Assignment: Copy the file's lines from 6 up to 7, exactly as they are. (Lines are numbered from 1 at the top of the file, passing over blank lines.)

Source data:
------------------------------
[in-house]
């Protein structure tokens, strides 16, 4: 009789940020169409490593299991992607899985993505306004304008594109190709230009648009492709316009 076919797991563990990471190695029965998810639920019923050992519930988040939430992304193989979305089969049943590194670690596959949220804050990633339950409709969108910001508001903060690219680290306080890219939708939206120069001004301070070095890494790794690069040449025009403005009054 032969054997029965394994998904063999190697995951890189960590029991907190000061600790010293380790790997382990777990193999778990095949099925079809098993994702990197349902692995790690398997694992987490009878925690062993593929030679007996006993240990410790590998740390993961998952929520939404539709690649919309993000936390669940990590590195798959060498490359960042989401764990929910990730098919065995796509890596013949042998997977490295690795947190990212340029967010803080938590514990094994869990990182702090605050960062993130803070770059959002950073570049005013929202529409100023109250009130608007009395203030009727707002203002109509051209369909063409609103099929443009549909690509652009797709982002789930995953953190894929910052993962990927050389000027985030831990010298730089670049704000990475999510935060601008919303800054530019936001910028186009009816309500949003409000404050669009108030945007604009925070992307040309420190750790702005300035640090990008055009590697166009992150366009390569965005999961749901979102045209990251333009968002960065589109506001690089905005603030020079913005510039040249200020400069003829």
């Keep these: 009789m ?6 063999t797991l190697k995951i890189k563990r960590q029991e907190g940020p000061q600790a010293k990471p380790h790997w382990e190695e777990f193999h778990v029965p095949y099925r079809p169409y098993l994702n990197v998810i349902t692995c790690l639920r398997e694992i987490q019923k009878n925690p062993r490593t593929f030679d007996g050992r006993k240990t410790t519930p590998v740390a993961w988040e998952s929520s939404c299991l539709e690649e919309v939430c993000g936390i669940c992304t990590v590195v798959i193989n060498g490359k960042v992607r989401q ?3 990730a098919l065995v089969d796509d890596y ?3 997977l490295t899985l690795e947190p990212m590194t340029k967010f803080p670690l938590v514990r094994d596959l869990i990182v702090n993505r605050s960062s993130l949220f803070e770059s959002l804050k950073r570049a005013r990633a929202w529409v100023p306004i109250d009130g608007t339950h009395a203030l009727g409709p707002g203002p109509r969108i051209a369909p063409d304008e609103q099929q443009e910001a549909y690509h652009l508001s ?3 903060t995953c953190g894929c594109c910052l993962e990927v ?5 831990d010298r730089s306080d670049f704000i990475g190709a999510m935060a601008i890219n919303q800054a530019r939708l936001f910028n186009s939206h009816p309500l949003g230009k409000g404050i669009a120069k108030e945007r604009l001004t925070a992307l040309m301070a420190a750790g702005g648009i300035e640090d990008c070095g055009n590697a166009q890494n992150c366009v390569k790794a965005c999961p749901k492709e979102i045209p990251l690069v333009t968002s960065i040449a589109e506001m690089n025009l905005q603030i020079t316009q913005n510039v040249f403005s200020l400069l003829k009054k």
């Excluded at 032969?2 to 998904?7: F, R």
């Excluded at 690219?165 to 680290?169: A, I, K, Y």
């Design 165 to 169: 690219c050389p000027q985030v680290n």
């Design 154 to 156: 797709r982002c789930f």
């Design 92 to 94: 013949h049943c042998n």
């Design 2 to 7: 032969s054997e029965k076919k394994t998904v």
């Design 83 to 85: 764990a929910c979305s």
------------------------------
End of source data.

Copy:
């Design 165 to 169: 690219c050389p000027q985030v680290n």
């Design 154 to 156: 797709r982002c789930f």